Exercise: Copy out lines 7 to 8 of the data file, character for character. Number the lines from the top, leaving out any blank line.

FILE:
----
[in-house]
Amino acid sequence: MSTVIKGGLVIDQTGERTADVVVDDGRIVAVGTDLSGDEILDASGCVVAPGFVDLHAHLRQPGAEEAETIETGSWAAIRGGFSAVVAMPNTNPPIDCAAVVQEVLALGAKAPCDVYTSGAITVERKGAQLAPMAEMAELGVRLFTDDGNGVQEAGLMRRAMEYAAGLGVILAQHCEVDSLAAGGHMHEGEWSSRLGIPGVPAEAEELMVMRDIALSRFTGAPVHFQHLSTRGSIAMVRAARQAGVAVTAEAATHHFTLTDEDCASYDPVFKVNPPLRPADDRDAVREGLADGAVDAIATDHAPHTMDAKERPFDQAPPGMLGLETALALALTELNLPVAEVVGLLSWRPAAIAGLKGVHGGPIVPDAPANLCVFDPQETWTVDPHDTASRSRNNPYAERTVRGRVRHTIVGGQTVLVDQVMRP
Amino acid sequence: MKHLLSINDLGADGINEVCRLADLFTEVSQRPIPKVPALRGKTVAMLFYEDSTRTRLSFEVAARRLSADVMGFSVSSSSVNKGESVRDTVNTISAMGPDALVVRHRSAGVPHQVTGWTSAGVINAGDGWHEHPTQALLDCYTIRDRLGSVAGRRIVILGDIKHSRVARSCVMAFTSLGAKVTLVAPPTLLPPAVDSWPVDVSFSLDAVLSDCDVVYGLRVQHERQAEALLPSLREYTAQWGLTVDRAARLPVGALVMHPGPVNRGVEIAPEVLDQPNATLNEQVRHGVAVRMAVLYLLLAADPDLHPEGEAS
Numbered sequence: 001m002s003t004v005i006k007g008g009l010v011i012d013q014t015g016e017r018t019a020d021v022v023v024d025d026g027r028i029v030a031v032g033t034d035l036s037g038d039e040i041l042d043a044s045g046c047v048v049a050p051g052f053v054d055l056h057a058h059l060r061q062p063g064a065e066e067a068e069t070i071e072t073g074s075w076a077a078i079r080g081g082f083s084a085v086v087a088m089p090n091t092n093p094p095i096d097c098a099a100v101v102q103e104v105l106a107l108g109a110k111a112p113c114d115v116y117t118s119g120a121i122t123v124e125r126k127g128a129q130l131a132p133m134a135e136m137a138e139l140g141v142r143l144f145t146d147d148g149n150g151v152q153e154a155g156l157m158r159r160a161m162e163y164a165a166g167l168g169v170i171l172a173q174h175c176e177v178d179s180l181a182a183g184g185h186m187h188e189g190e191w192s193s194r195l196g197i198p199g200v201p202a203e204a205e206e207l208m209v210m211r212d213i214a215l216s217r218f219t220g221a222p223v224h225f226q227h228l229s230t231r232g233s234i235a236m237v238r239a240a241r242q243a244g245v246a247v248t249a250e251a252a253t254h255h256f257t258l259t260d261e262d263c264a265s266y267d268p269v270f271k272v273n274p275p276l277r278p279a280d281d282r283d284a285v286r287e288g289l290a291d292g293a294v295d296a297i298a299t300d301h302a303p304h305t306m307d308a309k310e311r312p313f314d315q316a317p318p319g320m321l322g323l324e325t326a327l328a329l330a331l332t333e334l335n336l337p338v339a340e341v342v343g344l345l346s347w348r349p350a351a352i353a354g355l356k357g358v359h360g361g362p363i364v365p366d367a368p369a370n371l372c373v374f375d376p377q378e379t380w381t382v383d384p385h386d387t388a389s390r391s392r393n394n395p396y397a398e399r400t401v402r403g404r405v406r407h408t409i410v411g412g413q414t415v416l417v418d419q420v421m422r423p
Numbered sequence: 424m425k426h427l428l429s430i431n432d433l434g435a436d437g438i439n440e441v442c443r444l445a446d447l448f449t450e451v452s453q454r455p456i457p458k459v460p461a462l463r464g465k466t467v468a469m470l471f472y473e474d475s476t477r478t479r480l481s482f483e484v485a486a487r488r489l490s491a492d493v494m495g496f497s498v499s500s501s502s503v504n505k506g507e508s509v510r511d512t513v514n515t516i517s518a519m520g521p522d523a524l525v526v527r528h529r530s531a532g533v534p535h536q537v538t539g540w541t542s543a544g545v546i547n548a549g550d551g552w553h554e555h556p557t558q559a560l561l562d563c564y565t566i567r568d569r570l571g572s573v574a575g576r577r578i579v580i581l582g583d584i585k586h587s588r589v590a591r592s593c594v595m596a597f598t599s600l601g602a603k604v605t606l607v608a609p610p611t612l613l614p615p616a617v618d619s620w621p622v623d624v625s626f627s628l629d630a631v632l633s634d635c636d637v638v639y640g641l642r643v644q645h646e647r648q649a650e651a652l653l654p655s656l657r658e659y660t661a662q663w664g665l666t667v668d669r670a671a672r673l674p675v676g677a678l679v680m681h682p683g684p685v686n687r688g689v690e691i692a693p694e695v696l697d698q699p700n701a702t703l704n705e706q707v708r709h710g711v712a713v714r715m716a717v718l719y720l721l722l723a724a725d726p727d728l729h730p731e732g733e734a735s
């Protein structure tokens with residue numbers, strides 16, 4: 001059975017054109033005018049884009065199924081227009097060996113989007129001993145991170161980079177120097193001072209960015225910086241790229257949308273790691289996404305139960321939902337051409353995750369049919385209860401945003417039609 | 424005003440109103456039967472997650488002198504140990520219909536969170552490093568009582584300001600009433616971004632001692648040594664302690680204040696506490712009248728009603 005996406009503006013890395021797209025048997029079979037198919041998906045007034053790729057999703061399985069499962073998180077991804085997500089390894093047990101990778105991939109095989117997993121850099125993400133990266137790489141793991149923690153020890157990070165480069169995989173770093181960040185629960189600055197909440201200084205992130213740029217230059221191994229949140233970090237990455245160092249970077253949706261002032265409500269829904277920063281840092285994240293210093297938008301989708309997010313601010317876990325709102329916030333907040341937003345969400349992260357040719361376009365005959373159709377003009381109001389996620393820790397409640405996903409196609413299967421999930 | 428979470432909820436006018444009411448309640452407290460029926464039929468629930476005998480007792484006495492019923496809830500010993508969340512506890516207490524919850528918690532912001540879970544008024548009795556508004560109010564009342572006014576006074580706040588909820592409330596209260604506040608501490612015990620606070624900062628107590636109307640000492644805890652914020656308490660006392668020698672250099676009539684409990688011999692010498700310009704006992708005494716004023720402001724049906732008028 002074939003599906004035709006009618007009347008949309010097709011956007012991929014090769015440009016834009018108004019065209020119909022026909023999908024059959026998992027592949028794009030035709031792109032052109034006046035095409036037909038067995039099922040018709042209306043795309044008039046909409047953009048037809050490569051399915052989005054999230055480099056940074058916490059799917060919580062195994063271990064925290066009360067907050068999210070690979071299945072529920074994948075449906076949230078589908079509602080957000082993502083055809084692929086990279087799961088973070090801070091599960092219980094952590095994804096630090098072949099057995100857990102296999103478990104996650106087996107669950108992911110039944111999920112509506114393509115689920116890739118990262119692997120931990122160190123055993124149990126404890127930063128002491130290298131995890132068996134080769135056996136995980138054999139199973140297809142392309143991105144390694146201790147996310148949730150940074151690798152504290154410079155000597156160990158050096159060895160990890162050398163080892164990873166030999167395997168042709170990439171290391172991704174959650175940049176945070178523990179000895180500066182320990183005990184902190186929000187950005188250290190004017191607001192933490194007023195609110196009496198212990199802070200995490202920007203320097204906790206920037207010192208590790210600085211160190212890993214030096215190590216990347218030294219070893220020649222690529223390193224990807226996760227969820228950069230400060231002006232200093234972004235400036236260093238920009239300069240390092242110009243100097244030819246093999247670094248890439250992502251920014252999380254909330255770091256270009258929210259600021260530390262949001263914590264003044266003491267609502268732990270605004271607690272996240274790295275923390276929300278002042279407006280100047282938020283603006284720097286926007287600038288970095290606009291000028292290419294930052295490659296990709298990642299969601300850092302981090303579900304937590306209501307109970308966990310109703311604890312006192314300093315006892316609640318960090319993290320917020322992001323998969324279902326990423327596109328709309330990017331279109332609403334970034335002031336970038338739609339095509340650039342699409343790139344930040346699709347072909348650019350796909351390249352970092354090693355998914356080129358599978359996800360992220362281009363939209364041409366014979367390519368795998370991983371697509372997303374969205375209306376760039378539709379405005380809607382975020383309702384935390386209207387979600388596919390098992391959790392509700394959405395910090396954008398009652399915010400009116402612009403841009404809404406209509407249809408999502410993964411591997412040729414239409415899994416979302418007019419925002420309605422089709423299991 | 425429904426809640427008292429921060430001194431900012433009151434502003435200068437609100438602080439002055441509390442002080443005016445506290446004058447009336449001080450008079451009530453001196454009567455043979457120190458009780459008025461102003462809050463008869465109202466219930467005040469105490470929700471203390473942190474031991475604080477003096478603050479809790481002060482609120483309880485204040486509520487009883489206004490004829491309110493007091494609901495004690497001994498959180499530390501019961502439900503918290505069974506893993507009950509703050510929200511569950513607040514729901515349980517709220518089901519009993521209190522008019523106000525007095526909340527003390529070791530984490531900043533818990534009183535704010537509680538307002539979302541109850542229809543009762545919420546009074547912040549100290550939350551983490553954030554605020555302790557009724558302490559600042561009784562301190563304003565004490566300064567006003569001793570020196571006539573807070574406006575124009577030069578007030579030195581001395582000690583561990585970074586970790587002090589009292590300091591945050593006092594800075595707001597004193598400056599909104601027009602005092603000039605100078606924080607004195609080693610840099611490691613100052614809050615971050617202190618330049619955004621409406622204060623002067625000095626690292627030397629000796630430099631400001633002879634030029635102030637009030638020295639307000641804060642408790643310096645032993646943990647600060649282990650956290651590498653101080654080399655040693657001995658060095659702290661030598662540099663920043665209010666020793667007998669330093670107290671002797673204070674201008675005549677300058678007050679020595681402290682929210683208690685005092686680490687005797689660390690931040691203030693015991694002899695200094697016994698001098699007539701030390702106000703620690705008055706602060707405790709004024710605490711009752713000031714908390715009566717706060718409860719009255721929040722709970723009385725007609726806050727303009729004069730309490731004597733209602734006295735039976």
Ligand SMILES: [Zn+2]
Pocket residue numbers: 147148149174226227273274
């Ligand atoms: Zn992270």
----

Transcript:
Ligand SMILES: [Zn+2]
Pocket residue numbers: 147148149174226227273274